UM regents agree on $9.4 million cuts Pressure saves academic programs

April 09, 1993|By Thomas W. Waldron | Thomas W. Waldron,Staff Writer

Moving to streamline the University of Maryland system, the Board of Regents yesterday cut an estimated $9.4 million in programs but bowed to pressure and spared academic offerings on several campuses.

Among those saved were physics and chemistry majors at Towson State University, theater and social work at the University of Maryland Baltimore County and computer science at Coppin State College,

Chancellor Donald N. Langenberg initiated the restructuring last fall, saying the system, which has absorbed a $123 million loss in state funding since 1990, needed an overhaul.

The regents tentatively approved the elimination or revamping of roughly 60 programs yesterday. They are expected to give final approval May 7, about the time campus presidents are to give them timetables and implementation plans.

Campuses where programs were spared must also come up with equivalent savings in cuts elsewhere. UMBC, for example, still has to find $255,000 to meet its quota.

The changes apply to all but one of the system's 11 campuses. Only University College -- a continuing education school that receives no state aid -- was unaffected.

Among the casualties were the master's program in African-American studies at UMBC, early childhood education at Coppin State, history at University of Maryland Eastern Shore and art and music education at Frostburg State.

The cuts represent only a fraction of the system's overall budget of $1.5 billion.

"The numbers are not huge, multimillions, but it's a beginning," said regents Chairman George V. McGowan, adding that further academic cuts would be considered in the future.

Money saved will be spent on programs that are viewed as priorities on each campus.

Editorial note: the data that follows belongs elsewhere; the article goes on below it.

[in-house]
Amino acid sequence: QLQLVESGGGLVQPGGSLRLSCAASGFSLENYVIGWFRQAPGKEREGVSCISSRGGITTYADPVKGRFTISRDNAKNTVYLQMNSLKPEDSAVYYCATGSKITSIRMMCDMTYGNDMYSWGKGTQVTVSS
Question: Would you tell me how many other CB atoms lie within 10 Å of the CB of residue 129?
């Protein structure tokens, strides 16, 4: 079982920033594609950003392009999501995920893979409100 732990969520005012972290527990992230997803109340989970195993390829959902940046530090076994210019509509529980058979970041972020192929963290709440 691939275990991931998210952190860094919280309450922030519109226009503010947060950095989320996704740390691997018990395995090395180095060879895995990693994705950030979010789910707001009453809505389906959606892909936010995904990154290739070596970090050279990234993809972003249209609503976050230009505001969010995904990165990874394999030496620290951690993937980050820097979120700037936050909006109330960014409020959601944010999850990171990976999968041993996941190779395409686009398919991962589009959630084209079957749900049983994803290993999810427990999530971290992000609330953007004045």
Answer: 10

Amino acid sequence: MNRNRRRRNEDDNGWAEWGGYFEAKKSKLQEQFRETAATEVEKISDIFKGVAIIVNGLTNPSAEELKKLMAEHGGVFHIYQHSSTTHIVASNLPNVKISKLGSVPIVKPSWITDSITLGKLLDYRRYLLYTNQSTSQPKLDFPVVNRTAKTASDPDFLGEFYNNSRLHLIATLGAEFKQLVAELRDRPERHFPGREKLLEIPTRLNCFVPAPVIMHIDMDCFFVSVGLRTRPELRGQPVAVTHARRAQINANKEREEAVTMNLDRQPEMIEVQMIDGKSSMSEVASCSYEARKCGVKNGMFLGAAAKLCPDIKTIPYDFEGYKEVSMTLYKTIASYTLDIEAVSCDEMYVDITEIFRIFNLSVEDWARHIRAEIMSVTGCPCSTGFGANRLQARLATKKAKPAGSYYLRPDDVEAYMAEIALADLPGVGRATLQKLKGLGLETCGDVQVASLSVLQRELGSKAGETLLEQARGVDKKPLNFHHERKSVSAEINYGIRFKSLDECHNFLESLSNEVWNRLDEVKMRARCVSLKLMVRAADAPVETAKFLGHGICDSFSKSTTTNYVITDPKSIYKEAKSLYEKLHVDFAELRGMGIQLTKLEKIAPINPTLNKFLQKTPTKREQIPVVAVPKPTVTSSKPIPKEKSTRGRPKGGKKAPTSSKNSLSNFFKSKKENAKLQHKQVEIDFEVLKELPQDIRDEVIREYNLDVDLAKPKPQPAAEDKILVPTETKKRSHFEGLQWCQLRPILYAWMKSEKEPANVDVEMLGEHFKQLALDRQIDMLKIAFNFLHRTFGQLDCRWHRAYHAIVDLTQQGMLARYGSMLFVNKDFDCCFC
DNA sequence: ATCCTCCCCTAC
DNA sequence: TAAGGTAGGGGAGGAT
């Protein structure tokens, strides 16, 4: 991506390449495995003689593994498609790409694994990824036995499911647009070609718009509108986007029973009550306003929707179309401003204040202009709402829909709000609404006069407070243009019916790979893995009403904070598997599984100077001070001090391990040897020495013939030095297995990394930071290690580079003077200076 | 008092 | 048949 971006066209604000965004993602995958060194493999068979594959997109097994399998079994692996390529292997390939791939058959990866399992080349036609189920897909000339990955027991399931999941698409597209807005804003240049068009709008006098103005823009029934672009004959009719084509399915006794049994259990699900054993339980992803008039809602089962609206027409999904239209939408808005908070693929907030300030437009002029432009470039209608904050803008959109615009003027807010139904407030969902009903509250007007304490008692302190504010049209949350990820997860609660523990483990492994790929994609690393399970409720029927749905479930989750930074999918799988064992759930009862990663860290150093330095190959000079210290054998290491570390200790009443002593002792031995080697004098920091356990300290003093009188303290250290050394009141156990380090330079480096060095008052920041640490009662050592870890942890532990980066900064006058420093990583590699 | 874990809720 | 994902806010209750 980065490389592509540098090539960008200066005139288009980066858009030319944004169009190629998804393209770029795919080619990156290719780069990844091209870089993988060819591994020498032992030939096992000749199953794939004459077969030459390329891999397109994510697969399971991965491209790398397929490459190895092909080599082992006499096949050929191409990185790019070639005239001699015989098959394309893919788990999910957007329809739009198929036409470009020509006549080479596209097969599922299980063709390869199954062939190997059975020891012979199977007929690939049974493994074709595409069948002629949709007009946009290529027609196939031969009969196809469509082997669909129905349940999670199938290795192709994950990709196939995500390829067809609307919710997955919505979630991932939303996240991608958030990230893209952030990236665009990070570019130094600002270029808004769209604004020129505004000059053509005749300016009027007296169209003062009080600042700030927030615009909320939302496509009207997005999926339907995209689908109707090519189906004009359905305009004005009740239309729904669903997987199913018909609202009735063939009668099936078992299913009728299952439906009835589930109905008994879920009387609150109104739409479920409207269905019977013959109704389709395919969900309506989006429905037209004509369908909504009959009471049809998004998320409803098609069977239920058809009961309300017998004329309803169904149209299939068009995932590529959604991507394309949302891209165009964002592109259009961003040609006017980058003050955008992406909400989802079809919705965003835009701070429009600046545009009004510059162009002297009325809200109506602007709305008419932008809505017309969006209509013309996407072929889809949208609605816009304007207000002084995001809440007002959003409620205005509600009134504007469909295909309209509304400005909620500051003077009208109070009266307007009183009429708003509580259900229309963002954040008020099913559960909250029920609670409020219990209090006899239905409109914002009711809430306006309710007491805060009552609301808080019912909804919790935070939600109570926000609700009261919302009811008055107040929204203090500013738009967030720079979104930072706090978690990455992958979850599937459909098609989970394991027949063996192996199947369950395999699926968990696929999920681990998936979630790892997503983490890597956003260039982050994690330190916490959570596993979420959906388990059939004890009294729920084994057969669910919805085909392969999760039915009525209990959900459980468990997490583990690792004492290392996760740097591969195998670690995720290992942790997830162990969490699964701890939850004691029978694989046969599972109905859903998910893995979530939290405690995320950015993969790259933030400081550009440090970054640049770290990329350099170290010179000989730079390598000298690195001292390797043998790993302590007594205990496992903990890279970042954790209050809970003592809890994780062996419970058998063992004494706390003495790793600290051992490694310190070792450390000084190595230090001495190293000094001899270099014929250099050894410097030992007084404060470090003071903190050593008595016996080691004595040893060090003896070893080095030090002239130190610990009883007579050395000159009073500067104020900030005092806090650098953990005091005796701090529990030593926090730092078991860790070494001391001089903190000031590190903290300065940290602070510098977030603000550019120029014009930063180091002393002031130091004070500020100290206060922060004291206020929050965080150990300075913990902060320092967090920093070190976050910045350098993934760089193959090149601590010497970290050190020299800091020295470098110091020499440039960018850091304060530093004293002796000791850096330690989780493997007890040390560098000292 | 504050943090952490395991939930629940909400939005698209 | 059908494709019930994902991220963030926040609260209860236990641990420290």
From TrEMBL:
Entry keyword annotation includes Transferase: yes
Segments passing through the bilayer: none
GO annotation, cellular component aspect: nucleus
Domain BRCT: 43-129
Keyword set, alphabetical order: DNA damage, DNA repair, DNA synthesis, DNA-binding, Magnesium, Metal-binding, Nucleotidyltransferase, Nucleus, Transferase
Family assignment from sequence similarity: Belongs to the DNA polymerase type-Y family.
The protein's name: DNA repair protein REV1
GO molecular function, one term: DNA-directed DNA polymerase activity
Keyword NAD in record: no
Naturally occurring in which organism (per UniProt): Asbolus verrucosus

It was not clear how many layoffs, if any, the cuts would bring.

The regents made their initial proposal for cuts in December, sparking an outpouring of anger and criticism. The board mainly targeted programs that had produced few graduates or were deemed superfluous to a campus' main mission.

After intense lobbying, the regents reversed themselves and saved several majors that, despite their relatively low graduation rates, have strong reputations.

Freeman A. Hrabowski 3rd, acting president of UMBC, said the regents, for example, recognized the value of UMBC's theater offerings although that department's budget will be trimmed by $100,000.

"I'm pleased we were able to keep the undergraduate programs for our students," Dr. Hrabowski said.

Towson's physics and chemistry majors were spared, the regents said, because they are a basic part of the undergraduate offerings at a comprehensive campus.

To save such programs, Towson officials proposed $510,000 in alternative spending cuts, all of which were accepted by the regents. For example, Towson will voluntarily phase out a small part of its teacher education major through faculty attrition, eventually freeing $315,000 in annual salaries.

Some of the anticipated savings might not materialize. The regents, for example, voted to eliminate the graduate program in ethnomusicology at UMBC, saving an estimated $235,000 a year. At the same time, the regents directed officials from UMBC to find a way to affiliate the program with a similar department at the University of Maryland College Park.

In other cases, the savings appear to be overstated. Towson officials say that eliminating Towson's master's degree in foreign languages will save only $8,848. The regents estimate the savings at $29,000.

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